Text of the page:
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City revenue gap grows by $1.4 million

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Evanston aldermen will be told Monday that the city’s anticipated revenue loss from the COVID-19 pandemic has grown by $1.4 million in the past month to $12 million.

But city staff say they’ve managed to close most of the extra gap through a combination of holding more positions vacant and the timely receipt of some additional funds.

In a memo to auldermen CFO Hitesh Desai says some revenue projections in three categories are actually looking better that previously predicted — with smaller shortfalls projected for the home rule sales tax, the liquor tax and building permits.

Sales of more packaged liquor have partially offset the loss of liquor revenue from restaurant and bar closures.

Building permit revenue now is expected to hit budget projections because of receipt of paymants for a few large permits for planned developments and the continuation of residential construction activity.

But seven other revenue sources are looking worse than before — the state income tax, the municpal hotel tax, the parking tax, the amusement tax, parking tickets, the athletic contest tax and the auto rental tax.

Notable issues there include the complete closure of many hotels for months and expected low demand through the year and the potential evaporation of revenue from Northwestern University football games.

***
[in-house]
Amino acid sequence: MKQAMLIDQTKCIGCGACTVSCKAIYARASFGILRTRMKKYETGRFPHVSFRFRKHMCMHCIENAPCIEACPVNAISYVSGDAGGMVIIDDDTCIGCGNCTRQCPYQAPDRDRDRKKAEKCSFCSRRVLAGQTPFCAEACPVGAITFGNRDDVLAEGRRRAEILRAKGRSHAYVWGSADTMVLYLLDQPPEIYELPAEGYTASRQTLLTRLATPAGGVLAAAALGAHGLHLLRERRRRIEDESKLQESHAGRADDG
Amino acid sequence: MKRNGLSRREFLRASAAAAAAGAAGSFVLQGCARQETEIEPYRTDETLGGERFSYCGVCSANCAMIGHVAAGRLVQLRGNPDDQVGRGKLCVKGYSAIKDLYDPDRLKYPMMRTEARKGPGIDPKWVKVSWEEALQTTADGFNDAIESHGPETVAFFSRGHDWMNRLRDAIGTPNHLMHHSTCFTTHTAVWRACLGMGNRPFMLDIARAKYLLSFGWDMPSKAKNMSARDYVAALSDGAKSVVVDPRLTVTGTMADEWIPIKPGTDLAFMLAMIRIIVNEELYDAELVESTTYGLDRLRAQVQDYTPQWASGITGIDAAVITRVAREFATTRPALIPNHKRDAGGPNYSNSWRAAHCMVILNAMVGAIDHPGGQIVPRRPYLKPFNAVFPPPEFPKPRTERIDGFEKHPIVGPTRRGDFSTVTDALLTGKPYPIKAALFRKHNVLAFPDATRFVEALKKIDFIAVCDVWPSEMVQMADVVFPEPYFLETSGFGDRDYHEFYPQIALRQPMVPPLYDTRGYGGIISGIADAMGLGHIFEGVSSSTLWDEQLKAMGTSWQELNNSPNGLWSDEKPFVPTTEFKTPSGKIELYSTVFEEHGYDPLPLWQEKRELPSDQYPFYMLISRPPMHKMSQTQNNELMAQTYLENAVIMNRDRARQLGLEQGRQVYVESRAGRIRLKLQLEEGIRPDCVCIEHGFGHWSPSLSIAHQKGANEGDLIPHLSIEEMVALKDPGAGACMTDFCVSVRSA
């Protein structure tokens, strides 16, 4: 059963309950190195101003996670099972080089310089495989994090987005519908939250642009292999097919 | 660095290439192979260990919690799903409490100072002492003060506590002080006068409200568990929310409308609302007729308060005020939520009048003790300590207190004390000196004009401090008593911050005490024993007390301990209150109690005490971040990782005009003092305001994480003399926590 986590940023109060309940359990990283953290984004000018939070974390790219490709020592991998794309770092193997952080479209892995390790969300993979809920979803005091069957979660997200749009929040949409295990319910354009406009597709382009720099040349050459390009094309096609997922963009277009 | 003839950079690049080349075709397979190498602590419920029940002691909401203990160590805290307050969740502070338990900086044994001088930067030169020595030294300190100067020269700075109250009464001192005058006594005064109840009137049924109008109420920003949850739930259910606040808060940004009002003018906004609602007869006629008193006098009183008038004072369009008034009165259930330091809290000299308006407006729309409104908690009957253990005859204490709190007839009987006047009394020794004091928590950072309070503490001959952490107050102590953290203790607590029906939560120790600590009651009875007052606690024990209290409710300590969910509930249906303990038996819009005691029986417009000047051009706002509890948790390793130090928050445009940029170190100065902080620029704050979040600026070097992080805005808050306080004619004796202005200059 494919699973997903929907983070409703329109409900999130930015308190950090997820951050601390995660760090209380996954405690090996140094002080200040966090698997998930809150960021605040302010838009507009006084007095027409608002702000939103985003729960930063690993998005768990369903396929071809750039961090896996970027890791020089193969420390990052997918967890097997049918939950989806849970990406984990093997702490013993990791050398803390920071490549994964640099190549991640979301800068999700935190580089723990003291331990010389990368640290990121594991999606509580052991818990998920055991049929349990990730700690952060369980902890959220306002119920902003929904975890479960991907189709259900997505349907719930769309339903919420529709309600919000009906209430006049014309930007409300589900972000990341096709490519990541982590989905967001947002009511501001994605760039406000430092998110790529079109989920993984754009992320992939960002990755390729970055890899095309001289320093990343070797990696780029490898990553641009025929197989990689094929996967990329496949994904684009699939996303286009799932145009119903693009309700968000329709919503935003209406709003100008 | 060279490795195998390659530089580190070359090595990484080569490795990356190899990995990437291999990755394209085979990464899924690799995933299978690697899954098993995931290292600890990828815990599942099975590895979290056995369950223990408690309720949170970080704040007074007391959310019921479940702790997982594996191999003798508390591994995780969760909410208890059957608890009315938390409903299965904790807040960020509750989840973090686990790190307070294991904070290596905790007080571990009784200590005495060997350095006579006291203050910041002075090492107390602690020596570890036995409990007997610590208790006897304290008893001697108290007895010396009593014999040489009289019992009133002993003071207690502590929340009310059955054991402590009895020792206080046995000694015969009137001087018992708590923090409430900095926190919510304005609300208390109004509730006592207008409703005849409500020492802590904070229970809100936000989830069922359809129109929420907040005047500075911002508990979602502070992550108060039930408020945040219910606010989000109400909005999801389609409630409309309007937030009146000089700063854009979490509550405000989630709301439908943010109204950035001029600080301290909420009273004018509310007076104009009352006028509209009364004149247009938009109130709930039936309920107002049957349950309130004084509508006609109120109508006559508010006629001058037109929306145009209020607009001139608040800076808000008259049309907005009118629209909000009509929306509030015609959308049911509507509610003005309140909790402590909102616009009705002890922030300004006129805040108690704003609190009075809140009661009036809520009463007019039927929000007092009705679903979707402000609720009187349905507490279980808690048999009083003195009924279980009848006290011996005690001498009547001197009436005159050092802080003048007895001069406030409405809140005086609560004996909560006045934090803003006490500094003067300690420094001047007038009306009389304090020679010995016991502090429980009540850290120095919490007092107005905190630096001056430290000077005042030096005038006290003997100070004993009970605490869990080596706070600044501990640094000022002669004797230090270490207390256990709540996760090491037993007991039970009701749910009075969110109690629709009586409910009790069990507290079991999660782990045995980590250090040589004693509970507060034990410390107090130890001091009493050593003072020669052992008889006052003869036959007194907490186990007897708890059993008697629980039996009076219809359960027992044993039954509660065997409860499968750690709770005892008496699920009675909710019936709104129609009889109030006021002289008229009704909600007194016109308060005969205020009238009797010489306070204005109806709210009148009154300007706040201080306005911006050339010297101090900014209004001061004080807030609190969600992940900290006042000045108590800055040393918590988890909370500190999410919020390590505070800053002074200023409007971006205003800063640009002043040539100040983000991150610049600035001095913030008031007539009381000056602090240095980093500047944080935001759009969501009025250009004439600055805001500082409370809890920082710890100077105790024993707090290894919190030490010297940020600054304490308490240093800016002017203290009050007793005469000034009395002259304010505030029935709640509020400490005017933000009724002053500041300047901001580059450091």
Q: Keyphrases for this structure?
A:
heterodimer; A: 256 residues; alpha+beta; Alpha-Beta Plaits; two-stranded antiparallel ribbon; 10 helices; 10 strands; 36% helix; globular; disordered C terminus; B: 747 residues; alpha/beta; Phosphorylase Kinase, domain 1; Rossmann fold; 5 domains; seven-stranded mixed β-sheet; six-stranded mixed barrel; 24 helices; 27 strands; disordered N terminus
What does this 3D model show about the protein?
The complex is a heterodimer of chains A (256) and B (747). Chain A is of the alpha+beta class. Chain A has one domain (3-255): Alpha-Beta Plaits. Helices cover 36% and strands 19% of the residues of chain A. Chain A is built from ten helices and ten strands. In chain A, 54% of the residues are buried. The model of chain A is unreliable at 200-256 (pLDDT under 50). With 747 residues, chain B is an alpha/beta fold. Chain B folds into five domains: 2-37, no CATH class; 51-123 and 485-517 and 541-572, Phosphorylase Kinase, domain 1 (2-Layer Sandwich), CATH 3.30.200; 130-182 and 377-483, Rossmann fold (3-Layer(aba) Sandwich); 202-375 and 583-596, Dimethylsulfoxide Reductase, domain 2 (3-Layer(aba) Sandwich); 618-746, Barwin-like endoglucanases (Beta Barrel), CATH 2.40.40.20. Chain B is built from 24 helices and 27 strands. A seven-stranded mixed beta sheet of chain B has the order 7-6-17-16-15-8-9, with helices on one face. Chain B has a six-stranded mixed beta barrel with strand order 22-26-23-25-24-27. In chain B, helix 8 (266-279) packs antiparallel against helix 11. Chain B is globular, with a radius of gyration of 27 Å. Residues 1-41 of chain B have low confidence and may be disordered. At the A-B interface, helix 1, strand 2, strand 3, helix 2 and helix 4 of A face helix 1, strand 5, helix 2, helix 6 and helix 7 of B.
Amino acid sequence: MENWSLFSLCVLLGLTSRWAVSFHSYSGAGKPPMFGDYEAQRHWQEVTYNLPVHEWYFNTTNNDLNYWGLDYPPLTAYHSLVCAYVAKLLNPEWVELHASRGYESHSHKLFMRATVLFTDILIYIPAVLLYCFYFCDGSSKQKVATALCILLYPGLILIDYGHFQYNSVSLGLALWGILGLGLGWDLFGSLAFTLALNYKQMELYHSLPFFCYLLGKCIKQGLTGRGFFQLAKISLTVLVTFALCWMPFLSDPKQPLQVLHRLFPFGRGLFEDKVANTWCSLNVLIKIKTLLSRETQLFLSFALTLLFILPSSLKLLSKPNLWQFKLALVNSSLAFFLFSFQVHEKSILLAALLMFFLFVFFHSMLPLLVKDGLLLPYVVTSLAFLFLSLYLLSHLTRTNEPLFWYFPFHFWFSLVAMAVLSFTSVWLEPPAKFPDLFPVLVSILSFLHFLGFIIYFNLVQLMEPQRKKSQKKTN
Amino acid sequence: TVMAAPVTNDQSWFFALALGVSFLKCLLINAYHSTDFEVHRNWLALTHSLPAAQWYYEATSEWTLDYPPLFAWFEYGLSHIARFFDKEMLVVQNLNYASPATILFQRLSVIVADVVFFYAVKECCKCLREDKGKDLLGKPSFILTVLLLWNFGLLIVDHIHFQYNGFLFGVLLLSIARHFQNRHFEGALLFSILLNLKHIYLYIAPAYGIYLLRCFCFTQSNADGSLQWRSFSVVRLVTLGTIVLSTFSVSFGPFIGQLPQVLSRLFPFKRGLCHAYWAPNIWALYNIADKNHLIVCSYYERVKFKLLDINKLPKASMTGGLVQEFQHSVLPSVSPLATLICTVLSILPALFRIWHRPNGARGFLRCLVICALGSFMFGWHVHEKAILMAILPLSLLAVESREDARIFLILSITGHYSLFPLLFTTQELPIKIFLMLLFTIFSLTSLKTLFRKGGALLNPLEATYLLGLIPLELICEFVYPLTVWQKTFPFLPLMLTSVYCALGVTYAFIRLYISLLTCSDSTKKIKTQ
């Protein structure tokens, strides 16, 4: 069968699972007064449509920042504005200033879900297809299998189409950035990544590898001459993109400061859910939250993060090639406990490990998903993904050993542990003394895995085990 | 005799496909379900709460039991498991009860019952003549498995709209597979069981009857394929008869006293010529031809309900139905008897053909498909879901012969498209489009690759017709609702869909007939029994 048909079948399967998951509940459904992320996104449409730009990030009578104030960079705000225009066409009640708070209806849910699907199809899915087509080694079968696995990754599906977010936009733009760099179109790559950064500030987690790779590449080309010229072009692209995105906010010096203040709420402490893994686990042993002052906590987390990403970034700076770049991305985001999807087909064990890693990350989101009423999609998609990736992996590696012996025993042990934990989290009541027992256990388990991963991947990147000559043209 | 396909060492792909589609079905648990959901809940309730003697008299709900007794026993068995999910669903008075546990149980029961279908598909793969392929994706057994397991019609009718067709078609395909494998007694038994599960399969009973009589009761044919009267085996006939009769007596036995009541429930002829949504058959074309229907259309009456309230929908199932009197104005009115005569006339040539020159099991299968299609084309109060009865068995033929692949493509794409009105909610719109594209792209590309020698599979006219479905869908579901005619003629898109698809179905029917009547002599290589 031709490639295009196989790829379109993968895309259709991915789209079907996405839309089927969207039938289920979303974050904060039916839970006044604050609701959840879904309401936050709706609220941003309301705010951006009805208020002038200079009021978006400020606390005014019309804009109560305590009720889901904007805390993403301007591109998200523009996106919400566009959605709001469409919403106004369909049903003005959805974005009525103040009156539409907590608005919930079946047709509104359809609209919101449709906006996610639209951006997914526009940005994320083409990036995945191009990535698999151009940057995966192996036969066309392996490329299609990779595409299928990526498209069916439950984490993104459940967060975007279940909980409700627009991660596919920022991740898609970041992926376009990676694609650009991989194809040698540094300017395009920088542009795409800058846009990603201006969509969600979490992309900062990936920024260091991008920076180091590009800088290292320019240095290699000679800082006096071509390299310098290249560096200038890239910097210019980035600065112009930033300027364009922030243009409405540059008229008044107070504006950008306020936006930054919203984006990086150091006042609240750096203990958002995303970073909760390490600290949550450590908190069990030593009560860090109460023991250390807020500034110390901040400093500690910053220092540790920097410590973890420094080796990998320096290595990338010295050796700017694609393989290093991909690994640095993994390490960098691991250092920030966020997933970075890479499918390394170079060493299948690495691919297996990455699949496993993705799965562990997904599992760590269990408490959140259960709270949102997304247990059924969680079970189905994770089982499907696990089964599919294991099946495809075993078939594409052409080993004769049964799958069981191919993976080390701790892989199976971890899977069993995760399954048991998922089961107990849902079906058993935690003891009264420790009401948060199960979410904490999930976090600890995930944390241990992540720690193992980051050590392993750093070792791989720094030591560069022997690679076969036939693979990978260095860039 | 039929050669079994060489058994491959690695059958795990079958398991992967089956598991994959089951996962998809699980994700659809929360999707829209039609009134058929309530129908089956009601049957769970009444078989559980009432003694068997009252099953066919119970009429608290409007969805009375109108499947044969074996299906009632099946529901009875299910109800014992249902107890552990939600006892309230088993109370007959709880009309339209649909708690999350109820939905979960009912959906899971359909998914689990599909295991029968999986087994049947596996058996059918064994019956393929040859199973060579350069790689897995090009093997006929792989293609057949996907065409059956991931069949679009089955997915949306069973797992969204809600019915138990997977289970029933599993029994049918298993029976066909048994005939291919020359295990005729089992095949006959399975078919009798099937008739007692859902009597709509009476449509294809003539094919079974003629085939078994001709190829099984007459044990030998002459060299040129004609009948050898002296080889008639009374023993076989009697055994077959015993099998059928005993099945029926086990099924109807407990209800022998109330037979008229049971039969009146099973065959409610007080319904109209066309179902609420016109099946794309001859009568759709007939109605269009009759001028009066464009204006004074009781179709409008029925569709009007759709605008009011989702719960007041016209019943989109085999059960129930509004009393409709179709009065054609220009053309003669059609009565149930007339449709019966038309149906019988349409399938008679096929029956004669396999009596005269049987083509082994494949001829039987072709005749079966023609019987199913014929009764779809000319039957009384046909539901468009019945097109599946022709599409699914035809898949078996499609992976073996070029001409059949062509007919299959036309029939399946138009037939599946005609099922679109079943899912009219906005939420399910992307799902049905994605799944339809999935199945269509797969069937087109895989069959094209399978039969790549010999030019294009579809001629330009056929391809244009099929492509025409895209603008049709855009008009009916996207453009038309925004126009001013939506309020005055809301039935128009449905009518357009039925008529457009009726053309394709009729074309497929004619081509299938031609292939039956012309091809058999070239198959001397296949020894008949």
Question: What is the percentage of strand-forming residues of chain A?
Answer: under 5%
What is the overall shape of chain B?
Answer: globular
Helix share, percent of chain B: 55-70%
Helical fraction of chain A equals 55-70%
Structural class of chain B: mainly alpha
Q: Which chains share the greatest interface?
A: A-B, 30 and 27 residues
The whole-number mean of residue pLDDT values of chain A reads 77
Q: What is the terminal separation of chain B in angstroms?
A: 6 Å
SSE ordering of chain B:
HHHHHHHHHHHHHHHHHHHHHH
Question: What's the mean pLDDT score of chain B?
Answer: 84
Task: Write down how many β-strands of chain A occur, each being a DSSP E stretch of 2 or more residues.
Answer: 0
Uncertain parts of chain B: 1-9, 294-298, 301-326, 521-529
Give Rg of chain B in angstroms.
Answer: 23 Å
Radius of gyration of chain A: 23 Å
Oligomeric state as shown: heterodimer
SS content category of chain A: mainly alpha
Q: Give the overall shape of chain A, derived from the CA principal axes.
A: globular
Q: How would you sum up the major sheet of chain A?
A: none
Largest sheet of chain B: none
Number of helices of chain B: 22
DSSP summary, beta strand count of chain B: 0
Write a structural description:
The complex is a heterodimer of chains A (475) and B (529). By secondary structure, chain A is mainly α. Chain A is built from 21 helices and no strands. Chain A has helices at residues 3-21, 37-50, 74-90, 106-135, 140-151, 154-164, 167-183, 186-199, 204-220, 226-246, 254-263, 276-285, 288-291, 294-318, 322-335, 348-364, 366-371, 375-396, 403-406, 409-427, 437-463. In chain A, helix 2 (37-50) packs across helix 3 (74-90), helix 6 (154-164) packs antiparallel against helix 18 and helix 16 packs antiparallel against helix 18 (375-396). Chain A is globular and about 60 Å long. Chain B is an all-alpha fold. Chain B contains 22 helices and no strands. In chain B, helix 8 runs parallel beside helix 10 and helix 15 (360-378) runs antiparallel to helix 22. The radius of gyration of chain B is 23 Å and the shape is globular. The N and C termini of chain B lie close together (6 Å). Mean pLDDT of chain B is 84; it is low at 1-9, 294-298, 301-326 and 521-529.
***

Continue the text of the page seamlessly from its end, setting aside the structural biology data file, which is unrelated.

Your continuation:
Desai says that Interim City Manager Erika Storlie’s decision to continue a hiring freeze has increased projected savings from that source by more than $600,000 to a little over $3 million

The city has also benefited from a nearly $600,000 advance payment from the Friends of the Robert Crown Center and a $254,000 COVID-19 related state grant to cover costs for existing contact tracing employees in the Health Department.

And it’s shifted funding for a portion of the cost of maintaning the Dutch Elm disease treatment program from the general fund to the capital fund.

However, even assuming police and fire unions agreed to furlough days proposed by the city to save another $900,000, that still leaves a budget hole of nearly $500,000 unfilled — even assuming the pandemic doesn’t add any additional strain to the budget.

Earlier this year Storlie had estimated that the COVID-19 crisis could potentially create as much as a $20 million revenue shortfall.

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